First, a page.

As a program, we’re not interested in washing them out.  Since we are a professional training program, we try to teach students that they are learning is much more than academic content, but skills and attitudes for professional practice.

As professionals, it is an ethical imperative to care for ourselves so we can care for our clients.  When we cannot, we must learn to ask for support.  Some students think that, if they express weakness or distress we will consider them unsuitable for the profession.

Quite the opposite; they need to learn to recognize their limits and ask for support when they need it.  They may need to take time off or to slow down their studies to make sure they can attend to their health or family needs.

Some students who are distressed are quite surprised that they are welcome in the program, and we want to support them to attain the competencies they need to become professional counsellors.  I ask them to check in with me to let me know how they are doing, and tell me about the changes they’ve made.

I did not anticipate that this would be become a part of the job that I enjoy as much as I do.  It’s allowed me to connect with students at a vulnerable point in their lives, and I have a sense of satisfaction that they learn the value of self-care.

On the other hand, sometimes I have to be the person to tell a student that, despite our best efforts and theirs, they are not going to be successful acquiring the competencies necessary to be a professional counsellor.  That’s not pleasant, but it’s necessary to protect the public.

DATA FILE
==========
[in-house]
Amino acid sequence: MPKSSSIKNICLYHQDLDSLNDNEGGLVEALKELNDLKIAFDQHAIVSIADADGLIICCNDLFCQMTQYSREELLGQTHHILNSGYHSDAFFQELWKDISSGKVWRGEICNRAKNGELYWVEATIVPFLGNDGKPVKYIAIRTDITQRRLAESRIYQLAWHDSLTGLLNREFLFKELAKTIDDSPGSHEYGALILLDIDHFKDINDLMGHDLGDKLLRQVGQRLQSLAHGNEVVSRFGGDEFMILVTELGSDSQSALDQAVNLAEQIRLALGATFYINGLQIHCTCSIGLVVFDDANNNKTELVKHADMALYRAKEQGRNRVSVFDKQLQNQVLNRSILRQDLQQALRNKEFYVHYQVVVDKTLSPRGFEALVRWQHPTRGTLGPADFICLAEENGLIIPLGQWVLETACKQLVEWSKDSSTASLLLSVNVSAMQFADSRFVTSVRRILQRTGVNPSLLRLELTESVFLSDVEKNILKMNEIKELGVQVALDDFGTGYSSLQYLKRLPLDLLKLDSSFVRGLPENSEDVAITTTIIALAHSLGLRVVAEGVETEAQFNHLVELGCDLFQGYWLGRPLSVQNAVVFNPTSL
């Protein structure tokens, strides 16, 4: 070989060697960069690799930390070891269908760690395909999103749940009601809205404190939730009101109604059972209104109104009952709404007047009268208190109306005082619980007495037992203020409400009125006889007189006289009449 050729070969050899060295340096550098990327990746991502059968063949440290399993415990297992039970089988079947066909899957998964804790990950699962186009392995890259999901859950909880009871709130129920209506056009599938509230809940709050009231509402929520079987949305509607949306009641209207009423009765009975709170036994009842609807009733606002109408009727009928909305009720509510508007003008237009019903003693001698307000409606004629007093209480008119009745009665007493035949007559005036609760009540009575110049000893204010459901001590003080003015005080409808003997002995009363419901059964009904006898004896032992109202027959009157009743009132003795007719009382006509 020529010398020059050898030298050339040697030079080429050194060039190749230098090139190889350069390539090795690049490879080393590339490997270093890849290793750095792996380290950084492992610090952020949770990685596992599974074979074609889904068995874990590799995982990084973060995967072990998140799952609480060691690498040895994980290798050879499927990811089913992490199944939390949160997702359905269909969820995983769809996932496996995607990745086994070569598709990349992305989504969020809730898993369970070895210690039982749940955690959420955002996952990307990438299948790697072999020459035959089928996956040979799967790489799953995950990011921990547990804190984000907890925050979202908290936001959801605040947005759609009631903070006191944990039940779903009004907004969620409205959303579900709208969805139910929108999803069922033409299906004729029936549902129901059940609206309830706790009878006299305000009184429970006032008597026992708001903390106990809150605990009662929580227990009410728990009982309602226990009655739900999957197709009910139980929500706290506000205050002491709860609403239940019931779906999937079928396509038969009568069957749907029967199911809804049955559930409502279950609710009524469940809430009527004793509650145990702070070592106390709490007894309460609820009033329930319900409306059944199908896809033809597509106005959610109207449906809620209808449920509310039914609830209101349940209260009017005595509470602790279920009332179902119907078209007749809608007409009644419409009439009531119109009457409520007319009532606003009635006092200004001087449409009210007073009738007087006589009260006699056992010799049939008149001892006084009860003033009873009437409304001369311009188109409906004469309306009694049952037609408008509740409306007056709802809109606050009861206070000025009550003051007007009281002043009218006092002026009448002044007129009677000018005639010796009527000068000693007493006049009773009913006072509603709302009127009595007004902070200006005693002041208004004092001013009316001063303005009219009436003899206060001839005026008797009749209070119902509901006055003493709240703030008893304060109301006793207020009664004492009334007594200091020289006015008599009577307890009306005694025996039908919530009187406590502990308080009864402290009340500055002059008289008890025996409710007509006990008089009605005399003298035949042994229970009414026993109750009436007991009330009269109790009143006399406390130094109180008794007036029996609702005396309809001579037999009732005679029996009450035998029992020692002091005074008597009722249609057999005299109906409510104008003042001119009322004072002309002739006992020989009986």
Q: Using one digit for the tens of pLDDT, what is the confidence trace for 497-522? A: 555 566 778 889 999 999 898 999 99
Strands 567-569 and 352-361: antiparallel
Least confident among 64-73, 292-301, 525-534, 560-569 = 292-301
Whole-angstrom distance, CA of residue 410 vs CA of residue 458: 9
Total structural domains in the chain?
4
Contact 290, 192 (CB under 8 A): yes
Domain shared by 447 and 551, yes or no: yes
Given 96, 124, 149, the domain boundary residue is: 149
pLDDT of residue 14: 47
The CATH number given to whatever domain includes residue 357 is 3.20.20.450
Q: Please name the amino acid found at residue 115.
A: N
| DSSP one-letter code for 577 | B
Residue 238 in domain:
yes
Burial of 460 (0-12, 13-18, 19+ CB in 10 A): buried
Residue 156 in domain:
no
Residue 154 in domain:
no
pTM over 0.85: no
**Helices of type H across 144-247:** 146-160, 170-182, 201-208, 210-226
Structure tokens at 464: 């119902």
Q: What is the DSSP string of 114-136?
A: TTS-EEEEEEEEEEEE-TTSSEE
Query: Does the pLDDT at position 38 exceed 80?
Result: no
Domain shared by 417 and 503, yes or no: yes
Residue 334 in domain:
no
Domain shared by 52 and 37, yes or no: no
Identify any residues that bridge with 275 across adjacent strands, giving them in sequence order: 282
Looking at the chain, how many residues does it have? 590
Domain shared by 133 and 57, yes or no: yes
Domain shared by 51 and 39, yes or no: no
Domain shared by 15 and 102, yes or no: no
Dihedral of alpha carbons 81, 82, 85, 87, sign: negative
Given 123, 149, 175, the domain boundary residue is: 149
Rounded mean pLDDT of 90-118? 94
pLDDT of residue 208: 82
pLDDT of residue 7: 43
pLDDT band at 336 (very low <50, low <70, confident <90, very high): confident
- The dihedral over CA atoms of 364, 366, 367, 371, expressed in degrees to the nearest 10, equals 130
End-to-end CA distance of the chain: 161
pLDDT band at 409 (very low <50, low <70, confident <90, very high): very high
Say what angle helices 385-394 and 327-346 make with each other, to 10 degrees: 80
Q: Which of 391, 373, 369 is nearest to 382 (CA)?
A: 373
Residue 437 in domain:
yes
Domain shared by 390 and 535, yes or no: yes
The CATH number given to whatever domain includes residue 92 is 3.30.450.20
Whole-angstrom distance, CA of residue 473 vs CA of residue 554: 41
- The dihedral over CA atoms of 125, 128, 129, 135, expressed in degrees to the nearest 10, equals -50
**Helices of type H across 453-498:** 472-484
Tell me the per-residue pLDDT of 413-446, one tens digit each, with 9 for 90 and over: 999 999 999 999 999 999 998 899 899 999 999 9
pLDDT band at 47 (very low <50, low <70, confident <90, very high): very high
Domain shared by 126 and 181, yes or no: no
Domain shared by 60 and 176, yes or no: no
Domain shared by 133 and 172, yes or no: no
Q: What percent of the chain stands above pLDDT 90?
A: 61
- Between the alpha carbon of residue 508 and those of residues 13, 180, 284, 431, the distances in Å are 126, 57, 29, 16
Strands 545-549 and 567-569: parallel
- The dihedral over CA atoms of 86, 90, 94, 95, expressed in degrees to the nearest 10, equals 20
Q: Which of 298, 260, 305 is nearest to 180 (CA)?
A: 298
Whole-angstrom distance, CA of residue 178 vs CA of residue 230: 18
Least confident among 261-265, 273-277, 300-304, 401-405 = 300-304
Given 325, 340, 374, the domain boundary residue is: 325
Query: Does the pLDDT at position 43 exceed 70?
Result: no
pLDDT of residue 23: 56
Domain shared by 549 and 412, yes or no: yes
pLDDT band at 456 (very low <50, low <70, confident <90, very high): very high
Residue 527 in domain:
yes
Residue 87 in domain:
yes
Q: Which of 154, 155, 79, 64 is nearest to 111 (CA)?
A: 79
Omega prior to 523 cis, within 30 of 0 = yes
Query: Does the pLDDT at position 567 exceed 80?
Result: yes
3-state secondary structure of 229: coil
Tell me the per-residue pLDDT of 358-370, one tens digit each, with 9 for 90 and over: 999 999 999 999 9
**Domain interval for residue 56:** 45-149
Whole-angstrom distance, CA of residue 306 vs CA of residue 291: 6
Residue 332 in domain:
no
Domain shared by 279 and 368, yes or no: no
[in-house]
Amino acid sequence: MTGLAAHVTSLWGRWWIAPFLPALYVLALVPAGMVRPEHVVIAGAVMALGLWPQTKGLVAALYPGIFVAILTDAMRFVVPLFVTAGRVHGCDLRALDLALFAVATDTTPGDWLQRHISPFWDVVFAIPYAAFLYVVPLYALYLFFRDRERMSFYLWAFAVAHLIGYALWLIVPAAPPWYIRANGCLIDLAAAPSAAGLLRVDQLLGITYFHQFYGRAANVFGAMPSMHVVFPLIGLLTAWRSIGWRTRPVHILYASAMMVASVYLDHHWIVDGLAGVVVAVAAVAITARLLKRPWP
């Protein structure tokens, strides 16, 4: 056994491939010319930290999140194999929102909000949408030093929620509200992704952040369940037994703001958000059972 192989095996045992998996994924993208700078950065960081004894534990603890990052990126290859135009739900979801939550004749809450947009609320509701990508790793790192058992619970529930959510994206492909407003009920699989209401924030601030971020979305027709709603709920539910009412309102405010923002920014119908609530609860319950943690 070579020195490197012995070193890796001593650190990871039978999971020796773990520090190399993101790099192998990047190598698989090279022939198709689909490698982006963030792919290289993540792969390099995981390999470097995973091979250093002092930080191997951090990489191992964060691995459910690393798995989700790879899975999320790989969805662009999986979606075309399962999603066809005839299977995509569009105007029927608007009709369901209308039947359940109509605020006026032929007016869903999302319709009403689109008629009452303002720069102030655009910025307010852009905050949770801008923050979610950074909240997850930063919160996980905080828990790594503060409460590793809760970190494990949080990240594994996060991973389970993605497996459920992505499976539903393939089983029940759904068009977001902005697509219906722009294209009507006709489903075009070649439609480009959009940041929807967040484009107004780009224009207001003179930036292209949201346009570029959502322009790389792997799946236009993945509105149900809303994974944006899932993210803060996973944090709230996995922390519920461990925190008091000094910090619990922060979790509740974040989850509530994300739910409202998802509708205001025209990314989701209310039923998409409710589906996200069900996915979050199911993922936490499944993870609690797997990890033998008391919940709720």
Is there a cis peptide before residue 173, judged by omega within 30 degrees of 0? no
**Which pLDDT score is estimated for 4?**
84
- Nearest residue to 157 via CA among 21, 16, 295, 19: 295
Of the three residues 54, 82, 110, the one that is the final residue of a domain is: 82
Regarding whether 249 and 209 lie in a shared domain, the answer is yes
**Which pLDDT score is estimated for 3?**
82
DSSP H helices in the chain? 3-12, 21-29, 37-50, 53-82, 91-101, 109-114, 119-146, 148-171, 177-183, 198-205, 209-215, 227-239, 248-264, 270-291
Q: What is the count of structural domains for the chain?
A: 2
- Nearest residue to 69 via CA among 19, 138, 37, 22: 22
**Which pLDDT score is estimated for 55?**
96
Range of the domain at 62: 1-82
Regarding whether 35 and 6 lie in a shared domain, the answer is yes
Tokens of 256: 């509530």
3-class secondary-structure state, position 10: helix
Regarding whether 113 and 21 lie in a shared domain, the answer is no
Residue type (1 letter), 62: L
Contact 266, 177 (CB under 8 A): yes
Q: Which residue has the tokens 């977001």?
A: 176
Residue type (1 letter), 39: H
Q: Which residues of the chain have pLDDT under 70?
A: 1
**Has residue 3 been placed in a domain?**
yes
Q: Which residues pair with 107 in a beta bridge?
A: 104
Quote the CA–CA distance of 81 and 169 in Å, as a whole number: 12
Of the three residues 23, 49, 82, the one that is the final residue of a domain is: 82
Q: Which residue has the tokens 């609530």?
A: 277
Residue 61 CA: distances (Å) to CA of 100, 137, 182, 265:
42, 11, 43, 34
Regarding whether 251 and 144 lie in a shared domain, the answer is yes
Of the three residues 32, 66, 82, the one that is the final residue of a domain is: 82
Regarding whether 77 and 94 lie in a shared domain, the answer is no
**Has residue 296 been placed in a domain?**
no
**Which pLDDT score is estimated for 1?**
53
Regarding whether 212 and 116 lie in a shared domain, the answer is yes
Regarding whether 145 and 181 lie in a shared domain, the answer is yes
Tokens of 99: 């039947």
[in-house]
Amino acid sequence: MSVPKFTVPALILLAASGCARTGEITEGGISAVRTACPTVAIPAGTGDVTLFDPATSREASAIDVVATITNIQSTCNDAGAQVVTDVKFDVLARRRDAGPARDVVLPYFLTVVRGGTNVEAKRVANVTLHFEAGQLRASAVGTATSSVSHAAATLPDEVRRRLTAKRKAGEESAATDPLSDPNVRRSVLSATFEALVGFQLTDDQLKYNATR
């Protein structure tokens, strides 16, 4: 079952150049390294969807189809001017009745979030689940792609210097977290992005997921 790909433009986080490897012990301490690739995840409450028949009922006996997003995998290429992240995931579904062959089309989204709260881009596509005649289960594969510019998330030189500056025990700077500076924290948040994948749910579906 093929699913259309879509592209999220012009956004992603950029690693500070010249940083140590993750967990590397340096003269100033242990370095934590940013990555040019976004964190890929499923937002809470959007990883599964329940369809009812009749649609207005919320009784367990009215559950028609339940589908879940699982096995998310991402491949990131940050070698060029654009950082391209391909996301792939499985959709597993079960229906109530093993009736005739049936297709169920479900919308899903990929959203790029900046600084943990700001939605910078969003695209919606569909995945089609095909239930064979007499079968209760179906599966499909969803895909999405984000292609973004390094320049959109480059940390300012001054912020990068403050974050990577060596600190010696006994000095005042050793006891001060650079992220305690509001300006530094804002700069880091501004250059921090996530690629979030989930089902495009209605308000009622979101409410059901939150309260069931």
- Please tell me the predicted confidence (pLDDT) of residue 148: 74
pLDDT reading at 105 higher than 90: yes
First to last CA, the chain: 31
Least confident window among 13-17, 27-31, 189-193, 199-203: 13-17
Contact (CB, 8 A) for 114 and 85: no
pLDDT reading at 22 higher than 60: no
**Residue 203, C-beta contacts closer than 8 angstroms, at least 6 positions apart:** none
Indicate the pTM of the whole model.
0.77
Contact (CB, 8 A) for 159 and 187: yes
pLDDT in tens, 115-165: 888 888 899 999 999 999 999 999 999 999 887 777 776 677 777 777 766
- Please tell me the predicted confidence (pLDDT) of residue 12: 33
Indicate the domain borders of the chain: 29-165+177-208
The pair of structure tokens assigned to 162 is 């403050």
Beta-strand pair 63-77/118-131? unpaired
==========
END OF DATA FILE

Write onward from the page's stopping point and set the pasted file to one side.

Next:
Another part of my gig is dealing with regulatory bodies.  Because we train students from across Canada, we want to keep on top of the licensing requirements in each province and territory.  Recently, I met with the College of Alberta Psychologists.

They’ve been trying to streamline their process for evaluating applicants; to make this happen, we need to change some of the things we do, but this will make it much easier for our grads to start the process of being Registered Psychologists in Alberta.

Also, I am working on an application to the Registered Psychotherapists of Ontario to preapprove our program so our Ontario grads can be fast-tracked.

I have a pretty active research agenda.  I research, write, and present on high-conflict divorce, clinical supervision, school-based mental health services, and family therapy.  I have a couple of books out – one on working with children, and anther on family therapy.

Is it a problem that counsellors take on the issues of their clients?

That is a great question.  Because our program is a professional training program, students need to learn more than theoretical approaches to counselling.  They must learn to manage their own behaviour and emotional reactions to clients’ stories and difficulties.

In their practicum placements, our students hear about depression, suicidal ideation, trauma, sexual victimization and exploitation, family violence, marital conflict, affairs, substance misuse, and many other problems.